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ECONOMY

Germans panic-buy over-priced Swiss houses

Wealthy Germans are being pushed into panic-buying property at sky-high prices in Switzerland as fears grow for the safety of their euro assets, a newspaper reported on Sunday.

Germans panic-buy over-priced Swiss houses
Photo: DPA. 5 star hotel near Vevey, Lake Geneva

“Do something before the euro finally splutters its last cough and dies, taking your assets down with it.” This is the message Swiss investment companies are sending to wealthy Germans, Die Welt said on Sunday.

“Transfer your assets to the most secure democracy in Europe. To Switzerland, where private assets are respected,” reads one newsletter sent out by one unnamed company quoted in the article.

And in the uncertainty of the crisis, some Germans seem to be open to panic, and decide to convert their euros into bricks and mortar, snapping up Swiss property at any price.

Germans seem willing to pay much more than locals for Swiss property, Phillipe Müller, partner at Zurich-based estate agent Kuoni Müller & Partner (KMP) told the paper.

Popular areas with German investors include the historic city centres of Geneva or Zurich or prominent locations on the shores of Lake Geneva – where property can cost up to €52 million.

Unlike during the housing booms seen across Europe in the past decade, said the paper, buyers are not looking for a short term return on their investment, but for long term security – a solid asset that can be passed onto their children.

“A lot of the time its rich German families, very wealthy industrialists, who have floated their companies on the stock exchange or sold them and now have large amounts of liquid assets,” said Müller.

The Local/jlb

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ECONOMY

German consumer prices set to rise steeply amid war in Ukraine

Russia's war in Ukraine is slowing down the economy and accelerating inflation in Germany, the Ifo Institute has claimed.

German consumer prices set to rise steeply amid war in Ukraine

According to the Munich-based economics institute, inflation is expected to rise from 5.1 to 6.1 percent in March. This would be the steepest rise in consumer prices since 1982.

Over the past few months, consumers in Germany have already had to battle with huge hikes in energy costs, fuel prices and increases in the price of other everyday commodities.

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With Russia and Ukraine representing major suppliers of wheat and grain, further price rises in the food market are also expected, putting an additional strain on tight incomes. 

At the same time, the ongoing conflict is set to put a dampener on the country’s annual growth forecasts. 

“We only expect growth of between 2.2 and 3.1 percent this year,” Ifo’s head of economic research Timo Wollmershäuser said on Wednesday.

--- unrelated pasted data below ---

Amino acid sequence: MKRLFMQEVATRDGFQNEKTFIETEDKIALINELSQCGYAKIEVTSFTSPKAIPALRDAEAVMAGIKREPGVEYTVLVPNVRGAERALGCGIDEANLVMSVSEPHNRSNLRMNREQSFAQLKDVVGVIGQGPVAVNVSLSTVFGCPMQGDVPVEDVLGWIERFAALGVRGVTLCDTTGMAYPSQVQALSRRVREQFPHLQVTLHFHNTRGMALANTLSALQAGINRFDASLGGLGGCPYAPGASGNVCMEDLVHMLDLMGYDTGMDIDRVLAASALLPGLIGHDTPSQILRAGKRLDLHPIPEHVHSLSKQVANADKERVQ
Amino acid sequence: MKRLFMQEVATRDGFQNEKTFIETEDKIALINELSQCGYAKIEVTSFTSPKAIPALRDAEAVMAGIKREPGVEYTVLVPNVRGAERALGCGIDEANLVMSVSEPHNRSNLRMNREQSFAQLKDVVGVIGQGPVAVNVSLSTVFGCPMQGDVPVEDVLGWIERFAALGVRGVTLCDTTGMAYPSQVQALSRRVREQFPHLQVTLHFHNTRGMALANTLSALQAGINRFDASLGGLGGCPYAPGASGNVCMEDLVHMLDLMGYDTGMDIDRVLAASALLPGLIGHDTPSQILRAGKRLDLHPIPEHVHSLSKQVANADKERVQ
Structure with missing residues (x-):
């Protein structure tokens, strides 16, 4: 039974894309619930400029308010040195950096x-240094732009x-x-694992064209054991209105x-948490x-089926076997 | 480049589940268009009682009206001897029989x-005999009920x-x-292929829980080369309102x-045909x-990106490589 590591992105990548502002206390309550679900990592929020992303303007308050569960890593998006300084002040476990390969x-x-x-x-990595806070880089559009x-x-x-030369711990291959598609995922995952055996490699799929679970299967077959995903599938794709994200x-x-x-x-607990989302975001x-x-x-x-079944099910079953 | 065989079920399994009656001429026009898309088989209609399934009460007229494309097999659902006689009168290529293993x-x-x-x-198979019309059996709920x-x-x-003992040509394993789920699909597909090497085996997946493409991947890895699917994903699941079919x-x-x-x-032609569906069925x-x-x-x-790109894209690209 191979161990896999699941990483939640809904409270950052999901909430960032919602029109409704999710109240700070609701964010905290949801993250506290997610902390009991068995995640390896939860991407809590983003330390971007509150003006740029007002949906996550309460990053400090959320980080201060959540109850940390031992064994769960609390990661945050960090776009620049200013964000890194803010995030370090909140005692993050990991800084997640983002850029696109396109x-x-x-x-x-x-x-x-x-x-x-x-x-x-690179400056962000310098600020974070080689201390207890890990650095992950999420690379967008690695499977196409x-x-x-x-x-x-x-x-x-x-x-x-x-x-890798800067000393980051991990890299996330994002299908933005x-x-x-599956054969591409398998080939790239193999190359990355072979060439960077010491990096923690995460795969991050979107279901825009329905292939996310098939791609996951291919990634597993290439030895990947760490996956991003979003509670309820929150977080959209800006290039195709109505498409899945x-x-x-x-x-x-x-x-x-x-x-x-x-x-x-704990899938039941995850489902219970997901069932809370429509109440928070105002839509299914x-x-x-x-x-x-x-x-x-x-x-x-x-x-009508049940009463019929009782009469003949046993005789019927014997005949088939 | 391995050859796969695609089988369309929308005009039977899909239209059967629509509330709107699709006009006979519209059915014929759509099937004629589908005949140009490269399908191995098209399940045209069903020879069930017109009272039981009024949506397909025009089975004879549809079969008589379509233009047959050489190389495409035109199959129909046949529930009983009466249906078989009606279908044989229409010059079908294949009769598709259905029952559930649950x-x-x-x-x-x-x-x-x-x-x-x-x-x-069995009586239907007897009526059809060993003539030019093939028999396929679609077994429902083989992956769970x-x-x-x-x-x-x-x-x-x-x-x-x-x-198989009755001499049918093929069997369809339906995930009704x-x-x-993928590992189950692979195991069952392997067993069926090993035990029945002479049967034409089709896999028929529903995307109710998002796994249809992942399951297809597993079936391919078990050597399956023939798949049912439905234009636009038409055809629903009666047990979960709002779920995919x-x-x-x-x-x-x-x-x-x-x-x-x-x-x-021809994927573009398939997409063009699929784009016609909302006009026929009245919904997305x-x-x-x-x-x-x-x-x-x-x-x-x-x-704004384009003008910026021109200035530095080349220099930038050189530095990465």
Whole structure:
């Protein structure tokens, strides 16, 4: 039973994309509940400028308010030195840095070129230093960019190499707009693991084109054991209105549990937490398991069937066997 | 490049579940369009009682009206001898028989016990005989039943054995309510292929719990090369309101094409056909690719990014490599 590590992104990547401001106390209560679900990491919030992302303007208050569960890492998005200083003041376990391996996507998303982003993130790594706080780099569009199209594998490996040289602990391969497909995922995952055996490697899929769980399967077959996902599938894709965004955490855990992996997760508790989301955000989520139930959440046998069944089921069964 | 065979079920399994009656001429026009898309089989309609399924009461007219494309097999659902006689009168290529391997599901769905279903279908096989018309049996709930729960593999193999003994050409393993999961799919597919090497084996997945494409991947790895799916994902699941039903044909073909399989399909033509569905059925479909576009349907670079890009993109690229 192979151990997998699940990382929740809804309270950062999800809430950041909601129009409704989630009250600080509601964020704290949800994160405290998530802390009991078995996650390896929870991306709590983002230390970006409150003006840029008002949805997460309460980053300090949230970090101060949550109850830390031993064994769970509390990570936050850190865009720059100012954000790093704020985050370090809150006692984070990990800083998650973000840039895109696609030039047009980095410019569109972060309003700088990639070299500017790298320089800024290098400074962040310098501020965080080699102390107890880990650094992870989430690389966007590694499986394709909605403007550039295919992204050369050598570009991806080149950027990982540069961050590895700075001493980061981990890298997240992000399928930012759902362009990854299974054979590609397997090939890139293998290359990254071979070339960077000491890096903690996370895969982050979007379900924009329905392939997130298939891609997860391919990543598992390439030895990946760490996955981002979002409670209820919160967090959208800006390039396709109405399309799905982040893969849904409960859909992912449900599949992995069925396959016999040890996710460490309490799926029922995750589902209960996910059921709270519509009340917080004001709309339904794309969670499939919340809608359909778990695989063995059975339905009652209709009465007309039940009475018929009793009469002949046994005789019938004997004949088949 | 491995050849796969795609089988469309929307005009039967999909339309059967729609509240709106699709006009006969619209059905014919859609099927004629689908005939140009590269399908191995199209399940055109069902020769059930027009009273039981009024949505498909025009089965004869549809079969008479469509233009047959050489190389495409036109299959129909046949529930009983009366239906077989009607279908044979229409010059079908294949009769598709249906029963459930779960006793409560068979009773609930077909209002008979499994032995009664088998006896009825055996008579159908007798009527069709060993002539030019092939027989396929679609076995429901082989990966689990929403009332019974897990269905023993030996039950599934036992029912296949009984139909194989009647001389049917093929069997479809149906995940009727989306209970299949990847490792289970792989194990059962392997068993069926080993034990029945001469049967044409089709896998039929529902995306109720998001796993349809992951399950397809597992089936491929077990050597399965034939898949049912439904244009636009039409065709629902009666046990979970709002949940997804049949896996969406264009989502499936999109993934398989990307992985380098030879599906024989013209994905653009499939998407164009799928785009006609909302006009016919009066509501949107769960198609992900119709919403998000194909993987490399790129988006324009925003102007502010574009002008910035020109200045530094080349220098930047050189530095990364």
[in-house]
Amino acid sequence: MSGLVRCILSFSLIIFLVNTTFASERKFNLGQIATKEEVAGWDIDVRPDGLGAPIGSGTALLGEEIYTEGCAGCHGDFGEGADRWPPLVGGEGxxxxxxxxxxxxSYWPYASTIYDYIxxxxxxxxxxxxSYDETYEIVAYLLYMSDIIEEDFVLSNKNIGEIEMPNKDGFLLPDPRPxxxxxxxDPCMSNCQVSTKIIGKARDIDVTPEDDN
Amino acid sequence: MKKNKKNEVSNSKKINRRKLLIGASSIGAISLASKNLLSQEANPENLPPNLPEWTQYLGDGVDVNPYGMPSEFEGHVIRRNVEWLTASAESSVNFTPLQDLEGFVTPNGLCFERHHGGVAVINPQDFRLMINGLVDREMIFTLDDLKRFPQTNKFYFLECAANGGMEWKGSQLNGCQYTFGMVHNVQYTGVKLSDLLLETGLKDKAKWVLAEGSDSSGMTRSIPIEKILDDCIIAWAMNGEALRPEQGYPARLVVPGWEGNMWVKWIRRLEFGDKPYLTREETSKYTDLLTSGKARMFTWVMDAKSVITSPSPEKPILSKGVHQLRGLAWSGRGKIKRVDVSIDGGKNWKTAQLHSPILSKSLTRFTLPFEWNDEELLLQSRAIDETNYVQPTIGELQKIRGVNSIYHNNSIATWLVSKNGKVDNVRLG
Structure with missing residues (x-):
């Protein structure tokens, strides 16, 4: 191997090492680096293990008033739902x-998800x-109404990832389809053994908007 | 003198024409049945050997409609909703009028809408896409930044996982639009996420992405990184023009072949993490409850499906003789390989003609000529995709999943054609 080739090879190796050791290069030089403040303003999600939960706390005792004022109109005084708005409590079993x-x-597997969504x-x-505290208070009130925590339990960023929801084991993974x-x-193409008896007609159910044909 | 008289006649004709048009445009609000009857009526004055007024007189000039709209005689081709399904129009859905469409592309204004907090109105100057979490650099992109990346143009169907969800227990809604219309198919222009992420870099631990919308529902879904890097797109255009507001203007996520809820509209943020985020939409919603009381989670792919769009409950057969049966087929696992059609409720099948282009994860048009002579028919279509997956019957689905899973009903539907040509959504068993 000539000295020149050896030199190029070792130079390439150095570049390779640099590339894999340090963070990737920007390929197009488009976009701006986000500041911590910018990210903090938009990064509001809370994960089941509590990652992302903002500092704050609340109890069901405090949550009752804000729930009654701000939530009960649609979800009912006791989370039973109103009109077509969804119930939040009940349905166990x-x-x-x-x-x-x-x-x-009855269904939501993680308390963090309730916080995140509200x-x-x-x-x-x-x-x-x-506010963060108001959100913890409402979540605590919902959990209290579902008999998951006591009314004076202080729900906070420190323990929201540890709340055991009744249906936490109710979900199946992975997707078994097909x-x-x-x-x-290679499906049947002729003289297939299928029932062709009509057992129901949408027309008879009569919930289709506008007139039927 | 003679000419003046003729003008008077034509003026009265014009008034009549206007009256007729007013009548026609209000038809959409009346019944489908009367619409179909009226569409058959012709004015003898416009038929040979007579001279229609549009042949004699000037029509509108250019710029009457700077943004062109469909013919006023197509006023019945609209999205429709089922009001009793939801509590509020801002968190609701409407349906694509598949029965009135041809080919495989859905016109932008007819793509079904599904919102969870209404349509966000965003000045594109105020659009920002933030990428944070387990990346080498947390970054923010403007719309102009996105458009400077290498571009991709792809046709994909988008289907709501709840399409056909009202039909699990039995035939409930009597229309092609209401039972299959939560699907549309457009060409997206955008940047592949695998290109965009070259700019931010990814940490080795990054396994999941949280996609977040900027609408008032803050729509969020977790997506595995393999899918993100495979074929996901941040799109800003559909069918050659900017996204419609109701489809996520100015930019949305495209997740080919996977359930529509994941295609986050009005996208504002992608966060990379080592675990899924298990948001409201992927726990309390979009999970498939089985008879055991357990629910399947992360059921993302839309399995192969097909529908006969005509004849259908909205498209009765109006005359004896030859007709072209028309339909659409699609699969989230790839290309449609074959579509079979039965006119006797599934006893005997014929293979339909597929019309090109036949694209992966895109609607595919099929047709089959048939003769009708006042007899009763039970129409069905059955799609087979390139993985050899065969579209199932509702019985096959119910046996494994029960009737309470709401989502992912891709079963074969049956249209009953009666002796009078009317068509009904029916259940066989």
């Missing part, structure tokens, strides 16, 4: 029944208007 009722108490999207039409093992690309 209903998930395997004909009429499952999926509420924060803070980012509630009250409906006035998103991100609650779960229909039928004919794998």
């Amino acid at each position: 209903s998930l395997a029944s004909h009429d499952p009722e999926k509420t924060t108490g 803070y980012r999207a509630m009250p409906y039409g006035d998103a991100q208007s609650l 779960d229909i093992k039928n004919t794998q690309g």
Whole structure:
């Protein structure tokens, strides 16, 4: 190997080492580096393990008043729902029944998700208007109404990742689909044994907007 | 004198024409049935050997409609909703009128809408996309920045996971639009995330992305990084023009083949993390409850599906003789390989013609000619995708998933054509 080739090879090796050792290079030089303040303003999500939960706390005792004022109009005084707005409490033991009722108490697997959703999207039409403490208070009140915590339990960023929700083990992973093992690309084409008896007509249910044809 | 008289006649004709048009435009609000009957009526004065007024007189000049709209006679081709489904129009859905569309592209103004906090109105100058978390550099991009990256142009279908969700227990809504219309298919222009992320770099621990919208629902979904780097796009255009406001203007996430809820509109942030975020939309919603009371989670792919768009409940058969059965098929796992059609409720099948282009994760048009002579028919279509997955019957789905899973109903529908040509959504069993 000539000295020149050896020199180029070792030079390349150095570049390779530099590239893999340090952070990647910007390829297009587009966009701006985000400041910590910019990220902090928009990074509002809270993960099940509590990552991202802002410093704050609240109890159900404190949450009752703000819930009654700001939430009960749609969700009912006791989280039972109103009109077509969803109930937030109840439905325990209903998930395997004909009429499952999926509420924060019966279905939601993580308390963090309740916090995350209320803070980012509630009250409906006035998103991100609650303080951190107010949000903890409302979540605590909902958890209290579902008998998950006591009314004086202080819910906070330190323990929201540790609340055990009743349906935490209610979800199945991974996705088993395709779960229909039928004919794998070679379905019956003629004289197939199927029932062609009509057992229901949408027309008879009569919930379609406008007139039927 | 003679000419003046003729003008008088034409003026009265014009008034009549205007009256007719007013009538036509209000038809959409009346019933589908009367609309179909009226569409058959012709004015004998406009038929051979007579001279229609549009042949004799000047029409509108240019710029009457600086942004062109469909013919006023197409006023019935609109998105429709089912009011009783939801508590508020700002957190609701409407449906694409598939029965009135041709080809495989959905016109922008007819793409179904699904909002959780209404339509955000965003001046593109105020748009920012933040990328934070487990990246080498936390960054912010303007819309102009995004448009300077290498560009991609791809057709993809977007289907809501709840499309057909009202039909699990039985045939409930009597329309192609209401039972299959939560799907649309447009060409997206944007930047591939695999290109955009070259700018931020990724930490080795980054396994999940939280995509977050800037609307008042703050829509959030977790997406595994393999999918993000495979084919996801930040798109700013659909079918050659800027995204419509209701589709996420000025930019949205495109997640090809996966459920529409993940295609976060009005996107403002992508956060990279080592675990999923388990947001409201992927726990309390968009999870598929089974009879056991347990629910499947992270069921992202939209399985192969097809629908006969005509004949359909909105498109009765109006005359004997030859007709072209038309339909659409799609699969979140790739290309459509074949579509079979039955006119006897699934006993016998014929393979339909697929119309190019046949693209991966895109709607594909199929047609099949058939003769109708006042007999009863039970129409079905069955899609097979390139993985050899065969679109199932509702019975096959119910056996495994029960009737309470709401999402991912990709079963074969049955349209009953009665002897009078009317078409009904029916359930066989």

Due to the increase in the cost of living, consumers in Germany could lose around €6 billion in purchasing power by the end of March alone.

With public life in Germany returning to normal and manufacturers’ order books filling up, a significant rebound in the economy was expected this year. 

But the war “is dampening the economy through significantly higher commodity prices, sanctions, increasing supply bottlenecks for raw materials and intermediate products as well as increased economic uncertainty”, Wollmershäuser said.

Because of the current uncertainly, the Ifo Institute calculated two separate forecasts for the upcoming year.

In the optimistic scenario, the price of oil falls gradually from the current €101 per barrel to €82 by the end of the year, and the price of natural gas falls in parallel.

In the pessimistic scenario, the oil price rises to €140 per barrel by May and only then falls to €122 by the end of the year.

Energy costs have a particularly strong impact on private consumer spending.

They could rise between 3.7 and 5 percent, depending on the developments in Ukraine, sanctions on Russia and the German government’s ability to source its energy. 

On Wednesday, German media reported that the government was in the process of thrashing out an additional set of measures designed to support consumers with their rising energy costs.

The hotly debated measures are expected to be finalised on Wednesday evening and could include increased subsidies, a mobility allowance, a fuel rebate and a child bonus for families. 

READ ALSO: KEY POINTS: Germany’s proposals for future energy price relief

In one piece of positive news, the number of unemployed people in Germany should fall to below 2.3 million, according to the Ifo Institute.

However, short-time work, known as Kurzarbeit in German, is likely to increase significantly in the pessimistic scenario.

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